"They must look after the men first," I said with a quiet tone, shaking my head, praying they did so quickly. The more I focused, the louder the screams seemed to become. Looking around feverishly I hoped to spot the animals; if I could see them I might endure it better. Without paying attention to the clear disapproval of my guards, I turned my horse in the direction of the battlefield and reached the top of the hill - where I had overlooked the clash of the armies earlier that day - in a matter of minutes. I spotted large black clumps moving around; the wounded horses. Some galloped away in the distance, falling down, and then ran on further. The belly of one was ripped open, the guts trailing out. I had been wrong. So wrong! It didn't make it any more bearable. These visuals matched the sounds perfectly, this appalling noise, these groans and screams penetrated my soul in harmony with the sight of the hundreds of human bodies lying twisted in the grass.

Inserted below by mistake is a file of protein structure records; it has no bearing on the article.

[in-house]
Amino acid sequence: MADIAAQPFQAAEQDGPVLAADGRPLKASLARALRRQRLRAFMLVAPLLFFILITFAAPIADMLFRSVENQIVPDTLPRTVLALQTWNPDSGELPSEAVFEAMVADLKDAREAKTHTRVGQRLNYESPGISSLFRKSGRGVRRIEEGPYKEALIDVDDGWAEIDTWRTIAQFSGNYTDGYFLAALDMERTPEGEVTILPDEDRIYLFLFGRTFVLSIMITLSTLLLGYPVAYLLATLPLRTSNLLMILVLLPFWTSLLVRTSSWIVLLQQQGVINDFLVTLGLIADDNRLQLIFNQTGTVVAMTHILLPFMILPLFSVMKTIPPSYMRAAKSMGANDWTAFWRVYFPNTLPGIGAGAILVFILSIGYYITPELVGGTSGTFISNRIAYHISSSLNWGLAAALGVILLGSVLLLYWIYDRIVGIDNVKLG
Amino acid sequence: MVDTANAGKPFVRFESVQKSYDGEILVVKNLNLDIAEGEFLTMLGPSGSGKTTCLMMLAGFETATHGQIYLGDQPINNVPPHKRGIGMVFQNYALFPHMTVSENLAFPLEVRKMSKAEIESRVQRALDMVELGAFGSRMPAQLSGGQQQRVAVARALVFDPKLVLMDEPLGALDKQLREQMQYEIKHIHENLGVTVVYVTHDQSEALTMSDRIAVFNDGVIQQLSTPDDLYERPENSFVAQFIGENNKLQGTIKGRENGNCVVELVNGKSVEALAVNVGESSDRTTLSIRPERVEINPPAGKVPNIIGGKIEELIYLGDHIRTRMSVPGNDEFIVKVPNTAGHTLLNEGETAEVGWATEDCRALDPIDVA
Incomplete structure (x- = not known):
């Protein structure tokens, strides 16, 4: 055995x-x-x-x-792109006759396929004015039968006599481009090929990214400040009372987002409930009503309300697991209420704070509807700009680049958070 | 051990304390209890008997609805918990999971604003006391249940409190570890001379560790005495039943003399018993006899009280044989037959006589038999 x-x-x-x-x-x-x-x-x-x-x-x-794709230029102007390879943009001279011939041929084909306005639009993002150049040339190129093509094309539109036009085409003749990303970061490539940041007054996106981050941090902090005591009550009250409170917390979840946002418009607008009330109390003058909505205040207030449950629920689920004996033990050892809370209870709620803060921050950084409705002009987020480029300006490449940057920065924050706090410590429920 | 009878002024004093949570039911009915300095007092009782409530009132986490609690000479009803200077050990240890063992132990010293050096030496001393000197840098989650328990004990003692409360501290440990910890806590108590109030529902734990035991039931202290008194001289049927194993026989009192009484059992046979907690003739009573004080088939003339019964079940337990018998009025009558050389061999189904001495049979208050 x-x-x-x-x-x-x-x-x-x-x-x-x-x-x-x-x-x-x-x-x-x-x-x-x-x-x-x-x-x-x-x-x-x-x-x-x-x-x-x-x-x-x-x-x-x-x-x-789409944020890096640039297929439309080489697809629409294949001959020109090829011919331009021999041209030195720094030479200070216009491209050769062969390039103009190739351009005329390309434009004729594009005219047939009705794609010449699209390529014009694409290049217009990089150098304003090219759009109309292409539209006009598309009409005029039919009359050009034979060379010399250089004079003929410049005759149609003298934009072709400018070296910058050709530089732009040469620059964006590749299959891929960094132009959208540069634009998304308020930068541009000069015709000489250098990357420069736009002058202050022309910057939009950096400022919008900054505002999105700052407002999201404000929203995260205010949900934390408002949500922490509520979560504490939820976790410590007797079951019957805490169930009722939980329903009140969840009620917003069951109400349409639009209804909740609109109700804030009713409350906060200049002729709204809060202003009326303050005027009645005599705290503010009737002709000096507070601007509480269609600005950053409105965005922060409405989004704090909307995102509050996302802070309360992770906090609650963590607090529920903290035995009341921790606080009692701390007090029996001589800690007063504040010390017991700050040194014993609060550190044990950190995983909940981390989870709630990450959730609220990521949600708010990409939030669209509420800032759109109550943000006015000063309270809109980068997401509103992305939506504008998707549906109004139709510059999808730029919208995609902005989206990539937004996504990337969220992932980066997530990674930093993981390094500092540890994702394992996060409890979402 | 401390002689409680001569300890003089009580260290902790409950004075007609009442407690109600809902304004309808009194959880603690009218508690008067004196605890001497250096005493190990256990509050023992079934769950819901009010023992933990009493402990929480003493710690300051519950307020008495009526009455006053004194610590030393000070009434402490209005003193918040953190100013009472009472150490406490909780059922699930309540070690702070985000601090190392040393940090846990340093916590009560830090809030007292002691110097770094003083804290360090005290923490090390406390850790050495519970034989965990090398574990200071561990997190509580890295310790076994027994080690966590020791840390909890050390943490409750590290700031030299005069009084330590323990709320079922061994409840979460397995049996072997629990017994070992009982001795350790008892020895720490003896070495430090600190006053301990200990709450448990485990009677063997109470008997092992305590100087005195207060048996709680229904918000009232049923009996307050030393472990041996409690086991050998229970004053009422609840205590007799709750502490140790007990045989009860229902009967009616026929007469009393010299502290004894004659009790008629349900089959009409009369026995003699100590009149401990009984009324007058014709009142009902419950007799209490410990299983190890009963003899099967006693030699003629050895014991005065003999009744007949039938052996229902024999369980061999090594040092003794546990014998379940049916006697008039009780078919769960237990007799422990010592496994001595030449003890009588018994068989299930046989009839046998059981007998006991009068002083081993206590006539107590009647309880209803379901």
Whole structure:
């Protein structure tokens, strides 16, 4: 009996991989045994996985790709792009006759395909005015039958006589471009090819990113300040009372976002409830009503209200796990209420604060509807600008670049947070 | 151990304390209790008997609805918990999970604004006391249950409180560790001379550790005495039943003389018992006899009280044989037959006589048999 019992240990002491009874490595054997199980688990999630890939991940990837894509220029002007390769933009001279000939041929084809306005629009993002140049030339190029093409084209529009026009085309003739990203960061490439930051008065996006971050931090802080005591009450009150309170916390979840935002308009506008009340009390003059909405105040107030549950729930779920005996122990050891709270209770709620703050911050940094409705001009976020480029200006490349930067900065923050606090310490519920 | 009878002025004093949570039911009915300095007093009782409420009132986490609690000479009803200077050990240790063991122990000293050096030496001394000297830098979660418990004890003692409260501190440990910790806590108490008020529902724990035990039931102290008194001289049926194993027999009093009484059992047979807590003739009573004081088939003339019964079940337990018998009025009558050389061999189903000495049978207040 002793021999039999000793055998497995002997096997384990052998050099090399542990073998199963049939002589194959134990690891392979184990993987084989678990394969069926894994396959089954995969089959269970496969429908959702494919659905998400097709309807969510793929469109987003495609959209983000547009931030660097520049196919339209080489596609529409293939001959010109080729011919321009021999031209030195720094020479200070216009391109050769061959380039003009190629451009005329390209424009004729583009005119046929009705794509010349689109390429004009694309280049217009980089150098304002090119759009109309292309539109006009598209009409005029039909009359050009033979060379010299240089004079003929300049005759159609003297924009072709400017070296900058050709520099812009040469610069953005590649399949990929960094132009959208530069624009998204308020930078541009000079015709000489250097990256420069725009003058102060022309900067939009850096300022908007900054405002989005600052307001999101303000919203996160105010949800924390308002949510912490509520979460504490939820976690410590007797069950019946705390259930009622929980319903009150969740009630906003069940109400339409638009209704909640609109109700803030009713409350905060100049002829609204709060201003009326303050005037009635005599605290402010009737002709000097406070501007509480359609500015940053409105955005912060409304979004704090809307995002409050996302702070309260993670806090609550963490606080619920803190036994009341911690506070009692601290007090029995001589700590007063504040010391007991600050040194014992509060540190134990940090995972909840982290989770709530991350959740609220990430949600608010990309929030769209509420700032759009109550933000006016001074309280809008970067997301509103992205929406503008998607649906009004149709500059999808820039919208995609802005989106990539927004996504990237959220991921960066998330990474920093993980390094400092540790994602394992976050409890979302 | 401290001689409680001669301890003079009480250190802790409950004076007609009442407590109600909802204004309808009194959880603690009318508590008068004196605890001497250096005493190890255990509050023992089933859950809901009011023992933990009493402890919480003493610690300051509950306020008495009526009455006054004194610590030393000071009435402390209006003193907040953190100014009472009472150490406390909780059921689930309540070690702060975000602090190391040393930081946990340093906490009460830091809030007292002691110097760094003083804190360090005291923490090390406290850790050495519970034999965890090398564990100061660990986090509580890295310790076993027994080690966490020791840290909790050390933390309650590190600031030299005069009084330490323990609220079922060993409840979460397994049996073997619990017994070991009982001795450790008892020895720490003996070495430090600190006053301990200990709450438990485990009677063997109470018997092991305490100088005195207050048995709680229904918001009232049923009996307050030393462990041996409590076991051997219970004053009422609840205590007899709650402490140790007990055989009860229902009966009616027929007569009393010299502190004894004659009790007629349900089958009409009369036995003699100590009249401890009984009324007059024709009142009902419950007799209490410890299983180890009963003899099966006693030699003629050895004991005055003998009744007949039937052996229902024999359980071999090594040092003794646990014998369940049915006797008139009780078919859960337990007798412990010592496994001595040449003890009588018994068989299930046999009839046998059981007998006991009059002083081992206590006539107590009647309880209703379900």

The sunlight reflected a drawn blade and a black heap convulsed and sank down miserably. Some soldiers couldn't overtake the wounded beasts who fled in their pain, their wide, open mouths full of anguish. A man got down on one knee, the flash of a sunlit blade - a body dropped - then another. The last animal propped itself on its forelegs and dragged itself round in a circle, apparently its back was broken. A soldier ran up to it, ending the horrendous merry-go-round. Slowly, humbly, it sank to the ground. The cries were silenced, only a long-drawn, dying sigh still hung in the air. I tell you, it wasn't the sight of dead men that made the tears burn behind my eyes.
I went back. My entourage hadn't moved from where I left them, some had descended their rides, but all had awaited my return. Some looked away in respect, others tried to hide their expressions. I couldn't blame them, I would have laughed as well when a boy with a crown on his head started mourning some horses.